KTM User Pages
09 Jul 2005 - 04:57 Comments page, scroll down for bulleted 'Talking Points') I've just created a new user page, TalkingPointsDiscussion, for discussion of ways to build support among parents and administrators for appropriate math curriculum choices. It's a spin-off from comments on the BarryOnCorePlus thread. Hearts and minds are won in one-on-one conversations, but how to win them without blowing our listeners away with details, or turning them off by ranting? I have a friend that I work with who tells me that when he was working in DC, everyone was insanely busy, and people would have 'elevator conversations' with people they needed to convince of something; that generally your only chance to convince them of your point of view was during the 45-second-long elevator ride down from the 20th floor. That's what we need to work up; some elevator conversations about fuzzy math. Back to main page.
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see also (or return to): Barry's Talking Points page
see also (or return to): Barry's Talking Points page
-- CatherineJohnson - 09 Jul 2005
The Delphi Technique needs to be explained to people as well. The Delphi Technique
The Delphi Technique -- How to Disrupt It
-- LoneRanger - 09 Jul 2005
OH thanks so much! Ralph Raimi sent a couple of emails to Math Forum about the Delphi technique that he didn't want me posting here....and I was trying today to remember what it was called. I'm going to read the second one first. -- CatherineJohnson - 09 Jul 2005
Never, under any circumstance, become angry. Anger directed at the facilitator will immediately make the facilitator "the victim." This defeats the purpose which is to make you the victim. The goal of the facilitator is to make those they are facilitating like them, alienating anyone who might pose a threat to the realization of their agenda. Could someone implant this one deep inside my brain stem? Or...uh...just graft it onto my frontal lobes. Every square inch of my frontal lobes. -- CatherineJohnson - 09 Jul 2005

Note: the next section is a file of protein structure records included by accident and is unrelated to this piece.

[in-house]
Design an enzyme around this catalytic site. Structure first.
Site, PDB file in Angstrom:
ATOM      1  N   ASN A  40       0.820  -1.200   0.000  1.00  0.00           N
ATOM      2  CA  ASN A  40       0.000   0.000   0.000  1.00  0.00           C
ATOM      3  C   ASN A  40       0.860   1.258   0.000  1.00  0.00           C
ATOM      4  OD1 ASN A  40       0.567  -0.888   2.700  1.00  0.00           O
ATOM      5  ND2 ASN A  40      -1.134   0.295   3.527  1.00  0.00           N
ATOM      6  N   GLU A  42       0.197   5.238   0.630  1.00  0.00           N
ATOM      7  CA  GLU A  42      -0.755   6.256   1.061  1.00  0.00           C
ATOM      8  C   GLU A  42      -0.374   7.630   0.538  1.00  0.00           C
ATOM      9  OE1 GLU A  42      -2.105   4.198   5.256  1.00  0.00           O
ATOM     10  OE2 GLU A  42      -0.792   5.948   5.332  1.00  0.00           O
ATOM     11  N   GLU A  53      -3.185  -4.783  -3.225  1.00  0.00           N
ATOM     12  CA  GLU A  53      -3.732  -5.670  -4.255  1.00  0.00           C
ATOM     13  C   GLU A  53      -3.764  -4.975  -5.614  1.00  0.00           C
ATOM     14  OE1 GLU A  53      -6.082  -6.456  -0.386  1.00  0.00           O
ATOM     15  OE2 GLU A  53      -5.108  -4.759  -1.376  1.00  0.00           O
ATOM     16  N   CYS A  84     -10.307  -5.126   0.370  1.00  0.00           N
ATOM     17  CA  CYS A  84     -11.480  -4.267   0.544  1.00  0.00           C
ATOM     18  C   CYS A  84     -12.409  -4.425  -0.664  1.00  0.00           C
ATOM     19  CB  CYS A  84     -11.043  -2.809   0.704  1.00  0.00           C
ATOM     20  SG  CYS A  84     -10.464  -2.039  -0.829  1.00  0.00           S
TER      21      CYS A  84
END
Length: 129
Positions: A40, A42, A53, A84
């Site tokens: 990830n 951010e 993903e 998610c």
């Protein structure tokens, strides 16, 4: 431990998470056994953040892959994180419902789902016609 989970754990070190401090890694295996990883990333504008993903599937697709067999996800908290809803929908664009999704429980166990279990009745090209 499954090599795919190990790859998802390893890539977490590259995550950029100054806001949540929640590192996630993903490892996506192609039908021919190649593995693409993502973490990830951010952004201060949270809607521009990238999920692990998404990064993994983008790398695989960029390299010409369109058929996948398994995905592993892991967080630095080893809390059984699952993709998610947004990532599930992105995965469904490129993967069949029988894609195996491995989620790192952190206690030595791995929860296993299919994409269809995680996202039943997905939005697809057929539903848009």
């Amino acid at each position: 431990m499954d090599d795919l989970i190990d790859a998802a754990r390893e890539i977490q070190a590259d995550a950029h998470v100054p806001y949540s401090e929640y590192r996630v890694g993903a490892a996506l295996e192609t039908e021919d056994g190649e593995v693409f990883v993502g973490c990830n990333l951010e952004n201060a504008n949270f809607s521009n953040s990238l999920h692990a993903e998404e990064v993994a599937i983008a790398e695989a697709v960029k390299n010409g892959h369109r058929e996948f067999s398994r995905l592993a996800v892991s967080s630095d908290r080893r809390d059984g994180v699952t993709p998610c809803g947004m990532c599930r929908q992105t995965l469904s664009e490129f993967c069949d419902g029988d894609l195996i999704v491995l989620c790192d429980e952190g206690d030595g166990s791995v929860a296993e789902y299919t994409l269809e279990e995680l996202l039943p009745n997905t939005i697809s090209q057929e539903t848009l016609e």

Suddenly, the amiable facilitator becomes "devil's advocate." He/she dons his professional agitator hat. Using the "divide and conquer" technique, he/she manipulates one group opinion against the other. This is accomplished by manipulating those who are out of step to appear "ridiculous, unknowledgeable, inarticulate, or dogmatic." I had a fun experience along these lines just a couple of weeks ago. I went with my neighbor to a demonstration photography class at The Open Center in New York. Apparently The Open Center didn't want to hire the guy outright, but wanted him to give a demo lesson & see if anyone signed up for the class. So there was a fair amount of pressure on the guy. The Open Center is a 'holistic learning center,' and the demonstration photography teacher was making a lot of quips about 'what am I doing at The Open Center??' and 'Oops! I guess I can't say that at The Open Center' and so on. Two people in the group (of maybe 30 people?) took offense. The Open Center is a bit of a religious-type place I would say; it has a kind of New Age, warm feel to it. So when the demo-teacher kept making quips, he was making quips about a church-like place. The two people who were offended started challenging the demo-teacher, saying things like, 'You've never been here, how can you say that, how can you be so critical?' etc. The demo-teacher flatly denied that he had said anything remotely hostile, which, of course, cranked up the two objectors even more. Meanwhile, no one else there was an Open Center person; they were all just New Yorkers who were interested in taking a photography class. So the demo-teacher triangulated the group against the two. He started attacking them indirectly, in comments directed to the rest of the group. I can't remember what he said, but it was along the lines of, 'Sometimes a teacher is the target of vile statements'... I think he may actually have used the word 'vile'; here was this demo-teacher calling one of his potential students, for whom he was auditioning, vile! And denying he was doing it! So then I jumped in. The truth is, I'm not an Open Center person, either. I don't like The Open Center, to be honest, and The Open Center doesn't like me. I ended up leaving the Betty Edwards class I took there two days early, things got so tense. Oil and water. But that put me in a great position vis a vis the teacher and his triangulation against the two Open Center devotees, because I had zero stake in defending the honor of The Open Center. I just don't like watching a bully. Especially a passive aggressive bully. So each time the demo-teacher made an appeal to the crowd to triangulate against the other two, I would pop up with the observation that yes indeed he was being sarcastic and disrespectful to The Open Center! But that I personally didn't mind, because I wasn't an Open Center person myself. I said this cheerfully, which was easy, because I felt cheerful. The guy wasn't too quick on the uptake. A true Delphic leader would have realized I was trouble and done whatever he needed to do to marginalize me, too. But he didn't. He just kept going. Things progressed to the point where this shmoo actually turned to the class and said, 'Does anyone else in this room think I've been disrespectful to The Open Center?' Talk about giving someone an opening. I shot my hand up. I wasn't a straight-A teacher's pet for 13 years of my life for nothing. WHAM! HAND IN AIR, MOUTH WORKING! 'Yes!' I said. 'Yes! You've been disrespectful to The Open Center.' It was fun. -- CatherineJohnson - 10 Jul 2005